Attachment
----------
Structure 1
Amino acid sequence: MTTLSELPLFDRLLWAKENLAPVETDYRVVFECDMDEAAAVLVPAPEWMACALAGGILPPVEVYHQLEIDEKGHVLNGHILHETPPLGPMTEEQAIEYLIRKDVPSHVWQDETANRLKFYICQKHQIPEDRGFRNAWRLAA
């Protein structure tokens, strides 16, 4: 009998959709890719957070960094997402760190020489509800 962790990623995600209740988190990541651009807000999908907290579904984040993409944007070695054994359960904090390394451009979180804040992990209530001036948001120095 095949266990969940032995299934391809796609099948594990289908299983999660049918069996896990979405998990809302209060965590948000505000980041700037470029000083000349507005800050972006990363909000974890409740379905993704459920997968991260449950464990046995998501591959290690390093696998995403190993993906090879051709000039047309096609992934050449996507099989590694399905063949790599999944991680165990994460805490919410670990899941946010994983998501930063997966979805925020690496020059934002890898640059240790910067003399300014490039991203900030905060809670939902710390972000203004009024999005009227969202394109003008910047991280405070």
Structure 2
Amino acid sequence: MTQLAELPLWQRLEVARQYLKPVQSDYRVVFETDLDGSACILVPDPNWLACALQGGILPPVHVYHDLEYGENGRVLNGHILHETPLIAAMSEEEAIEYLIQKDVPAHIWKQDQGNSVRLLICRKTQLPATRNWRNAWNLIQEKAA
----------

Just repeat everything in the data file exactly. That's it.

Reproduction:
Structure 1
Amino acid sequence: MTTLSELPLFDRLLWAKENLAPVETDYRVVFECDMDEAAAVLVPAPEWMACALAGGILPPVEVYHQLEIDEKGHVLNGHILHETPPLGPMTEEQAIEYLIRKDVPSHVWQDETANRLKFYICQKHQIPEDRGFRNAWRLAA
């Protein structure tokens, strides 16, 4: 009998959709890719957070960094997402760190020489509800 962790990623995600209740988190990541651009807000999908907290579904984040993409944007070695054994359960904090390394451009979180804040992990209530001036948001120095 095949266990969940032995299934391809796609099948594990289908299983999660049918069996896990979405998990809302209060965590948000505000980041700037470029000083000349507005800050972006990363909000974890409740379905993704459920997968991260449950464990046995998501591959290690390093696998995403190993993906090879051709000039047309096609992934050449996507099989590694399905063949790599999944991680165990994460805490919410670990899941946010994983998501930063997966979805925020690496020059934002890898640059240790910067003399300014490039991203900030905060809670939902710390972000203004009024999005009227969202394109003008910047991280405070």
Structure 2
Amino acid sequence: MTQLAELPLWQRLEVARQYLKPVQSDYRVVFETDLDGSACILVPDPNWLACALQGGILPPVHVYHDLEYGENGRVLNGHILHETPLIAAMSEEEAIEYLIQKDVPAHIWKQDQGNSVRLLICRKTQLPATRNWRNAWNLIQEKAA